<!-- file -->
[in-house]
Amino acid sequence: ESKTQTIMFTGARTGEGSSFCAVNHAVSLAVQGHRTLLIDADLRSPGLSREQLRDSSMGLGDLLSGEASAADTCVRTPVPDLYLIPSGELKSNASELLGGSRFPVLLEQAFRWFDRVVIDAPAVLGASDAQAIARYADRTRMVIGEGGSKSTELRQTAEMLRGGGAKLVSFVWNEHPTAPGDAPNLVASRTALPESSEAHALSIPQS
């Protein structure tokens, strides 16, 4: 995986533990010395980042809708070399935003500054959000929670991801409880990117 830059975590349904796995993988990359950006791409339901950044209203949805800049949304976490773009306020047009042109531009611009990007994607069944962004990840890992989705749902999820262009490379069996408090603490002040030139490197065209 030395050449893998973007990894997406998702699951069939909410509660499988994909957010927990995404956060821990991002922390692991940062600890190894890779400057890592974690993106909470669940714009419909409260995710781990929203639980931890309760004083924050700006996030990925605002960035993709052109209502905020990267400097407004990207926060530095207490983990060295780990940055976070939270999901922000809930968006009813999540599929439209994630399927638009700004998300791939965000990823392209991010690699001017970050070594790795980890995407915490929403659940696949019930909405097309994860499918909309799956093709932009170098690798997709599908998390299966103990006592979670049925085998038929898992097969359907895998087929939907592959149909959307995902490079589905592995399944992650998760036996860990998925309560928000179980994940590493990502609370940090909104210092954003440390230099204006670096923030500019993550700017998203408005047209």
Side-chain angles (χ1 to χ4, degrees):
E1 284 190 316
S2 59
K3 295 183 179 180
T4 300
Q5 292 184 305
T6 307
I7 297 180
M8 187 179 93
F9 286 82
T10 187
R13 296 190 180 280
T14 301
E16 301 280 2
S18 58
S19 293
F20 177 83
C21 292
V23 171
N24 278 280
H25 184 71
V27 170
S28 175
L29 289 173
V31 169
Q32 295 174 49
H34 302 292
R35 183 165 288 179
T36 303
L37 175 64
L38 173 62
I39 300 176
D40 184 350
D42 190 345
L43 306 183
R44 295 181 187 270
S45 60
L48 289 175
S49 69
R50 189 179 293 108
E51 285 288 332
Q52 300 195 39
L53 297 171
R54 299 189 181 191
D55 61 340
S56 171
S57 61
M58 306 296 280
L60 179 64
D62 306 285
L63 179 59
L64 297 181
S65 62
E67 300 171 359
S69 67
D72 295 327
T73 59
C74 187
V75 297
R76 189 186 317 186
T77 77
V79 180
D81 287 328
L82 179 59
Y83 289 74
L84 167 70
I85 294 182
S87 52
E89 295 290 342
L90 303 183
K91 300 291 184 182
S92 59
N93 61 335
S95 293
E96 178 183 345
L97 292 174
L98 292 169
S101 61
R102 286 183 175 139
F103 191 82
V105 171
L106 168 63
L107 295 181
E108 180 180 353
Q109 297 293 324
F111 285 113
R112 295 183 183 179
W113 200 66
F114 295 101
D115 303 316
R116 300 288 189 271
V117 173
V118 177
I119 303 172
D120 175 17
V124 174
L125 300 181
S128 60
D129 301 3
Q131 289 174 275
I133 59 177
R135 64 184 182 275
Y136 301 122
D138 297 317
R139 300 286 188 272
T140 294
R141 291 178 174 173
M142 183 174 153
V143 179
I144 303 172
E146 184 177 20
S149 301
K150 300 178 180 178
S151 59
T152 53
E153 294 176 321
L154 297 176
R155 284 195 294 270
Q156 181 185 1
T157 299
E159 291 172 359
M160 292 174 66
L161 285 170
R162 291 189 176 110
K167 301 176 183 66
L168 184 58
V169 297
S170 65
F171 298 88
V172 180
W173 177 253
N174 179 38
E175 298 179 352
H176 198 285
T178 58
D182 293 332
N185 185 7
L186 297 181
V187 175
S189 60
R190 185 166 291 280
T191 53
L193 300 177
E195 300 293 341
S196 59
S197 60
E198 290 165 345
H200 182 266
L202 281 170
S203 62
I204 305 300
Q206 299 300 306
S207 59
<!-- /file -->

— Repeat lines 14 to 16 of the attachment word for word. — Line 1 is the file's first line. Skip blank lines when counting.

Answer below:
T10 187
R13 296 190 180 280
T14 301